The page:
ADHD, Focus, ADD

So often, I’ll hear someone laugh and say “Oh, sorry, I didn’t do this because of my ADD/ADHD!”

There aren’t enough words in the dictionary to explain how much this annoys me. As someone that has ADHD (Attention Deficit Hyperactivity Disorder), it becomes frustrating for me when other people use it as an out or a crutch. They’ll say that they didn’t get something done because of ADD/ADHD, blaming their outright laziness or forgetfulness on an actual diagnosed mental illness.

Being forgetful can be a symptom of ADD or ADHD. But, just because you are forgetful doesn’t mean that you have it.

I hear other people say it, and it drives me up the wall. I have ADHD, and I’ll forget to get things done. I’ll talk in circles, I’ll work on multiple projects at the same time. My mind is like an internet browser with 20 tabs up and I’m working on every single one at the same time. (That’s actually what my internet browser looks like, too.)

I’ll slip up on responding to texts. This happens even if I’m in the middle of sending a message because something else came up and I started working on that instead. I forget to return calls, even if I’m holding my phone, because of something else popping up on another screen. Eventually, I’ll return to the text or the call, but I lose my train of thought in the middle of the conversation. I’ll also have about five or six conversations going on at one time and mix them up.

There are medications you can take. While they can be helpful, they’re not cure-alls.

There’s never a cure-all to help with this. When writing, I’ll jump between paragraphs and forget where everything was originally meant to be. Ideas come and go faster than I can blink.

Hearing someone say they have ADD/ADHD when they don’t is not only irritating, but it’s also insulting. It makes me feel as though my genuine, diagnosed issue is being undermined because someone made a regular, commonplace, human mistake. There is so much more to ADD/ADHD than just being forgetful.

People with ADD or ADHD can often be forgetful, yes, but they also can be easily irritated, excitable, fidgety, impulsive, short attention spanned, persistently repetitive, and can genuinely just have trouble paying attention. Those with ADHD have all those symptoms in addition to being hyperactive.  My friends have called me out because I’ll have an absent look on my face in the middle of a conversation. When I give input on the conversation, it might be something that was said five minutes ago. Or, it may not even have anything to do with the conversation in the slightest.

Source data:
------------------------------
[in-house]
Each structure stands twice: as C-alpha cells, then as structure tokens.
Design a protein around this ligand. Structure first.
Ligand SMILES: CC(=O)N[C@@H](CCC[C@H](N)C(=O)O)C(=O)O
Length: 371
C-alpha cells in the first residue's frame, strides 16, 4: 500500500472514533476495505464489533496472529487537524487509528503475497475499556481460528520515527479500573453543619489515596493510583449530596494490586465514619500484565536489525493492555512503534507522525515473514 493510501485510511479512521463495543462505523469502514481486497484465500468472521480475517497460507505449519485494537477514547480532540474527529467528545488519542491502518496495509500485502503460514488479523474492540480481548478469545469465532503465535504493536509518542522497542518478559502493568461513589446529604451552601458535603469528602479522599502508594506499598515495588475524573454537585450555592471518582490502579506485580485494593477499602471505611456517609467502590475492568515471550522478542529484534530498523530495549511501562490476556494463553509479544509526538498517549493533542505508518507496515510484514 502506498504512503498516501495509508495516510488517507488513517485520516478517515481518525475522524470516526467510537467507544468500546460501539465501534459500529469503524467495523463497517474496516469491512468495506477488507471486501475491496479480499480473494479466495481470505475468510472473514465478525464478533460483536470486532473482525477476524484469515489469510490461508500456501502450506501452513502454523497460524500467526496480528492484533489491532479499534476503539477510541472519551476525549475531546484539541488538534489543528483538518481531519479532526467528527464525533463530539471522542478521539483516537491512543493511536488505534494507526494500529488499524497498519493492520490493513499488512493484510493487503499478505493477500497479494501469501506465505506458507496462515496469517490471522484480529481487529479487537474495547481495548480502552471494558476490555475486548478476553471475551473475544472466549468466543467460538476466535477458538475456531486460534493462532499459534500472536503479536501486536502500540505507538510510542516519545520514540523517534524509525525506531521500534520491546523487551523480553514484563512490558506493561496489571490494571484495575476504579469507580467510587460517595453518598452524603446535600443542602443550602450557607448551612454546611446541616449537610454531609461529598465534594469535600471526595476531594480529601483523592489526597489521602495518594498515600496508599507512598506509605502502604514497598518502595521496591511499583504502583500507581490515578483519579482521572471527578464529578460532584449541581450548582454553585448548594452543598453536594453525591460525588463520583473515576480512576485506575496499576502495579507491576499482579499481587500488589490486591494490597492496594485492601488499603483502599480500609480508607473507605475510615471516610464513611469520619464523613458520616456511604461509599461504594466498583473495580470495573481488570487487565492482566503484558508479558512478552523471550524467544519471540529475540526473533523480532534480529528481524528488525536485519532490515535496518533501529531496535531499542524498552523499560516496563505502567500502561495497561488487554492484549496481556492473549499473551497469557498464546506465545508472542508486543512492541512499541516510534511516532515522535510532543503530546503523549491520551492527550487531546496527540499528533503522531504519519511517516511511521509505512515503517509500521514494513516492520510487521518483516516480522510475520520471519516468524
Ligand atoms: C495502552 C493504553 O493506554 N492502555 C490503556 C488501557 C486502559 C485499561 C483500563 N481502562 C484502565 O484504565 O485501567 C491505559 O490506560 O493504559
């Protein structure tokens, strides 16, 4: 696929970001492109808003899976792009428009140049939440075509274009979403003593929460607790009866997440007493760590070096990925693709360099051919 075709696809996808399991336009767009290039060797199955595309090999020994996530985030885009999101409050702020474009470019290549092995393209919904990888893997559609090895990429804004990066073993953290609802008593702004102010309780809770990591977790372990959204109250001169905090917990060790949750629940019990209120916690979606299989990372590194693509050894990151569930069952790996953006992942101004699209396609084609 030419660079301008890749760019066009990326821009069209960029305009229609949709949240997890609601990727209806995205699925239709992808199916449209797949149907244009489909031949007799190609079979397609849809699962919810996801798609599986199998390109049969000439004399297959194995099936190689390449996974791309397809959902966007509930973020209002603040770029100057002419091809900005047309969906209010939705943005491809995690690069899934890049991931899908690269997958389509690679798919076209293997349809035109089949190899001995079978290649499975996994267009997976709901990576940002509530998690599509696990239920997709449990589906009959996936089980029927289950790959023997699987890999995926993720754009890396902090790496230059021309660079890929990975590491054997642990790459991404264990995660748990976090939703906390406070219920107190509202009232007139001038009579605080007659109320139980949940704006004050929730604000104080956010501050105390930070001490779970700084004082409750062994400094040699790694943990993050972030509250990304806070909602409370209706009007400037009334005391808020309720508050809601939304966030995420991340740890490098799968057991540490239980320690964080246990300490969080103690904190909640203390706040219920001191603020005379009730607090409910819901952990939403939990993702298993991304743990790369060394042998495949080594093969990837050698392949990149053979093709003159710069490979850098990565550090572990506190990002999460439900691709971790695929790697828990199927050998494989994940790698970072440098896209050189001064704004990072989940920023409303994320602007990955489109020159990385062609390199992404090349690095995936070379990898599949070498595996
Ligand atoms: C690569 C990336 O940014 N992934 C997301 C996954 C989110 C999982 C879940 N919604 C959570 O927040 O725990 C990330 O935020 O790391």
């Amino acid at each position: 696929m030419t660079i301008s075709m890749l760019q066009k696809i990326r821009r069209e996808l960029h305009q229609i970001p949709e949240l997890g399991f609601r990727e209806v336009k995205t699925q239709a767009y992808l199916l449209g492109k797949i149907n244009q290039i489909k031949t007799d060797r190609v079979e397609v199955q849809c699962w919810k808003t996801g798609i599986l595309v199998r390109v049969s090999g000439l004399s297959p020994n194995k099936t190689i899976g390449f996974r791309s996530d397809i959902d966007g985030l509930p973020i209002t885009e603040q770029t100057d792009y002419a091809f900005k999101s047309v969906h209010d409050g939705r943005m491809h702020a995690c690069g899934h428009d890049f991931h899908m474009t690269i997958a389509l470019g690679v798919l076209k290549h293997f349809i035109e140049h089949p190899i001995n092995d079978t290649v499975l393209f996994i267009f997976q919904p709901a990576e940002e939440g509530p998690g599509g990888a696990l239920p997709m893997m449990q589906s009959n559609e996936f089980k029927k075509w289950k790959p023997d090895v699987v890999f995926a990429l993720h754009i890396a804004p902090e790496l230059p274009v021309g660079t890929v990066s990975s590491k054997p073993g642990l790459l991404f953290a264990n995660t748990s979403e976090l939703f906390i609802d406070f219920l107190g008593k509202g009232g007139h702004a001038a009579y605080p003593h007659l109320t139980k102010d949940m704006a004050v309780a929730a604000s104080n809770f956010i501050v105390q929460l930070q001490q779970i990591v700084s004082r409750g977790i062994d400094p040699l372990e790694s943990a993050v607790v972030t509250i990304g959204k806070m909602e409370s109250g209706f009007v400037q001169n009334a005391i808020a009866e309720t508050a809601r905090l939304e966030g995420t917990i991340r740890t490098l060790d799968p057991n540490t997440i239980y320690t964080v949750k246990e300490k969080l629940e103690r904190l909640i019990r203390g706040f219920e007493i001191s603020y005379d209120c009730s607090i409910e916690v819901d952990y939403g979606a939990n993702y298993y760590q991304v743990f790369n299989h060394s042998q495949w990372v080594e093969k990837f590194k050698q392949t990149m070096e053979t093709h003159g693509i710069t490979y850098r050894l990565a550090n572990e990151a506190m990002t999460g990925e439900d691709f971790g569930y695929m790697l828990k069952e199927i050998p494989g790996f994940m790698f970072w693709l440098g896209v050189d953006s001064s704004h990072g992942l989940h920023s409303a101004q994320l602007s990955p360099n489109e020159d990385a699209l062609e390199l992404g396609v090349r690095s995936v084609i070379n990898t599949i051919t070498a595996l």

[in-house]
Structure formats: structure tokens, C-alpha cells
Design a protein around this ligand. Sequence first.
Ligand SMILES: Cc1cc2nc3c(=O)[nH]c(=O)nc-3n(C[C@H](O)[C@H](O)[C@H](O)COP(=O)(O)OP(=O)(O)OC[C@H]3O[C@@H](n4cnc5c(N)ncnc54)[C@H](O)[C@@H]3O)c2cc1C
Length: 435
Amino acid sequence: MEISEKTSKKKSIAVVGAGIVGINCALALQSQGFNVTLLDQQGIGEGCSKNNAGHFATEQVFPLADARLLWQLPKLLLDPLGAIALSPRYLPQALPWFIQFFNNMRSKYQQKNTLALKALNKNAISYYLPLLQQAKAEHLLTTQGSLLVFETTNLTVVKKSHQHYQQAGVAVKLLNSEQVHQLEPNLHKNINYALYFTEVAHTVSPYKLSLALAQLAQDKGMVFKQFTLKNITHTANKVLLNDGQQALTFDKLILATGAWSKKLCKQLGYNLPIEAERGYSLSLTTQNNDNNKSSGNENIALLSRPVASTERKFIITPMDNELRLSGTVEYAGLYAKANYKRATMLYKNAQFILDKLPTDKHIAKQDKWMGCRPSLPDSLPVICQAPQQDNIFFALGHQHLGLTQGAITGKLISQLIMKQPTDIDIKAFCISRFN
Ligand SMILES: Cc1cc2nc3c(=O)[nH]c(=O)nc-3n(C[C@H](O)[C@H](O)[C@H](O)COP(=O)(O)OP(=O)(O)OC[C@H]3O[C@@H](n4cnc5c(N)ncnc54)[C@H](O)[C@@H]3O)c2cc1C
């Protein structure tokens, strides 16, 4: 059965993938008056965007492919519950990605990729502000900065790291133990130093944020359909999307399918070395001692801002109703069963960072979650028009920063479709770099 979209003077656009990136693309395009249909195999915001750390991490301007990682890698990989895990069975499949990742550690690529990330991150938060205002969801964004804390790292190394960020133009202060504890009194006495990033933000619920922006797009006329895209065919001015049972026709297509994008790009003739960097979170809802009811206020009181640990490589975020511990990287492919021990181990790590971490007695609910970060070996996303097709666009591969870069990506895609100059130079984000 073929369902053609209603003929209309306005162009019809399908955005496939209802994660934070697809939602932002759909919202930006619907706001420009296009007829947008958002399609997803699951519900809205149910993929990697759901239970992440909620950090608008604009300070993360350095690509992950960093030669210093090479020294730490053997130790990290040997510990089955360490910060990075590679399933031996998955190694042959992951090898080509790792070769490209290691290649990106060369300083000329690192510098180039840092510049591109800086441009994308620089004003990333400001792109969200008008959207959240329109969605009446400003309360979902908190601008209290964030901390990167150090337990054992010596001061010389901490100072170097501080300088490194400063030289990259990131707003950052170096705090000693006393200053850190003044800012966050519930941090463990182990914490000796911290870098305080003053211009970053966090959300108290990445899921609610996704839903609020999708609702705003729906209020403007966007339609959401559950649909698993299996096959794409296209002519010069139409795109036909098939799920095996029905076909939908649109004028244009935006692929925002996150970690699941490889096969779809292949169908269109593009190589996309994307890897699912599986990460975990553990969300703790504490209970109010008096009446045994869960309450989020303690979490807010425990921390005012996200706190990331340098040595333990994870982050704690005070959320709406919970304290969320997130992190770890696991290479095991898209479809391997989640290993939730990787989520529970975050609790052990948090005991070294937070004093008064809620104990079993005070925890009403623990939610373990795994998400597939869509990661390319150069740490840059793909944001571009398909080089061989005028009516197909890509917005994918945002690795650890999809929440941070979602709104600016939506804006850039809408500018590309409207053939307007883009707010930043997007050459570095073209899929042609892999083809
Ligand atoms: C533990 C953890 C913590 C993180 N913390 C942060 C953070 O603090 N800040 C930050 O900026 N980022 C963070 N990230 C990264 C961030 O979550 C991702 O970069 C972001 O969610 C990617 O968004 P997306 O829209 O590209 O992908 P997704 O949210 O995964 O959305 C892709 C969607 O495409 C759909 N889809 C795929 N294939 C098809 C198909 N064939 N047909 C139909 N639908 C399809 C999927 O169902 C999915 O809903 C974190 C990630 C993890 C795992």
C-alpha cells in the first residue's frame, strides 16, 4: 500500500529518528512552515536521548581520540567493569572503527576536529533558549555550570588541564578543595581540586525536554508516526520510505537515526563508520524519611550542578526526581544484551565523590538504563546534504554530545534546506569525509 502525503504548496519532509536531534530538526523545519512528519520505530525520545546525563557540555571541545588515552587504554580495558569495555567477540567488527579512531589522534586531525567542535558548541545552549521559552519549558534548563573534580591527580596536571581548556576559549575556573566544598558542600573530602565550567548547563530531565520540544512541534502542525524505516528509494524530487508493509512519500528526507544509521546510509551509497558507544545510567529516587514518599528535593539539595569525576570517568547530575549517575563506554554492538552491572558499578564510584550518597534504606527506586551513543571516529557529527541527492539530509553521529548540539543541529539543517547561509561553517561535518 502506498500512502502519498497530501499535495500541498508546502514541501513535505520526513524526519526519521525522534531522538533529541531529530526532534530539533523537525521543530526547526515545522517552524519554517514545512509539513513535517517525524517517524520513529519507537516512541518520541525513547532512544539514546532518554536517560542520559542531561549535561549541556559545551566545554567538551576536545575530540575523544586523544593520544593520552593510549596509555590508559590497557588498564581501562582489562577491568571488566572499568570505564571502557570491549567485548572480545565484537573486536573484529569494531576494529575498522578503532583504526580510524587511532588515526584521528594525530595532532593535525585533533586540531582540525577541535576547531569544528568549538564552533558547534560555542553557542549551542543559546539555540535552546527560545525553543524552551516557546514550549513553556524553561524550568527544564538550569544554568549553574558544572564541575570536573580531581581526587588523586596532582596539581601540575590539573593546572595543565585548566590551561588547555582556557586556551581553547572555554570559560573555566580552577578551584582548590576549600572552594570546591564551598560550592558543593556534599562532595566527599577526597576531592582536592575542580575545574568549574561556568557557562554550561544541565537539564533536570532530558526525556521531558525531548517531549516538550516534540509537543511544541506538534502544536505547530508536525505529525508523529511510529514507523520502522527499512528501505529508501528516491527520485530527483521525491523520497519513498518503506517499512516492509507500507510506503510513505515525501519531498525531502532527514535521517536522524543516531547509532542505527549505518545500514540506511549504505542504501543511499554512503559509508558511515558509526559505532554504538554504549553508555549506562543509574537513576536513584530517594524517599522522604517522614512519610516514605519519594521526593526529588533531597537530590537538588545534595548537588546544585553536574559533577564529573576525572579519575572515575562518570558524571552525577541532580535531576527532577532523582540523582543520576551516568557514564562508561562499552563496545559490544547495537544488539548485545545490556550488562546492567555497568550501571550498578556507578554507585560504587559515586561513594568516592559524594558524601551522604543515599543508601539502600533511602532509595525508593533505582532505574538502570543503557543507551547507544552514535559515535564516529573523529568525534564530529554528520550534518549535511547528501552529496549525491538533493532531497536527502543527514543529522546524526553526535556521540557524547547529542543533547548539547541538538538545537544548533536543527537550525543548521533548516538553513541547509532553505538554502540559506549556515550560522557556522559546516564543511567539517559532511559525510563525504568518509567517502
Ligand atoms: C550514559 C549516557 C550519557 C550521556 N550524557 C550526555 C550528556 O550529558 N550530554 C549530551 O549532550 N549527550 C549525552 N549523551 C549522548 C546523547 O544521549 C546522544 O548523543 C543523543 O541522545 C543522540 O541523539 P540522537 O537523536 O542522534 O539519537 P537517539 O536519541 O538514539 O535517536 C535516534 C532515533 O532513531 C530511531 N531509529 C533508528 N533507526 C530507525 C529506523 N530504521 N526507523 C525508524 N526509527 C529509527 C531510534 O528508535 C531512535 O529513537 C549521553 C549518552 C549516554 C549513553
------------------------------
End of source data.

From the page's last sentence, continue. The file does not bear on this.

I know that I have a fidgeting issue. I’ll chew on my nails, pick at nail beds, or there’s this game on my phone that gives me something to fidget with. The same people that falsely claim they have ADD or ADHD are the same people that get annoyed with me for fidgeting or repeating myself.

Unfortunately, these disorders can also trigger or lead to depression and anxiety.

I know mine did. Often times my anxiety occurs in social situations because I know that I’ll have a difficult time focusing. I tend to spend a lot of time alone because I don’t want to irritate the people I care about. In social situations, I’ll get the same blanked-out stare when people are talking to me.

As a result,  it’s difficult to make friends. My lack of focus has caused people to believe I have no interest in them or what they’re saying. However, it’s not that I’m uninterested in hearing what they have to say; it’s that I have so many issues with focusing on it. When my thoughts are racing so much, it’s hard to grasp onto just one.

The next time you want to blame forgetfulness or laziness on “your ADD/ADHD”, remember that there are people who are genuinely suffering from this.

Interested in more mental health discussion? Check these articles out:

The Anxiety Trend

The Panic Fad

The OCD Fad

Leave a Reply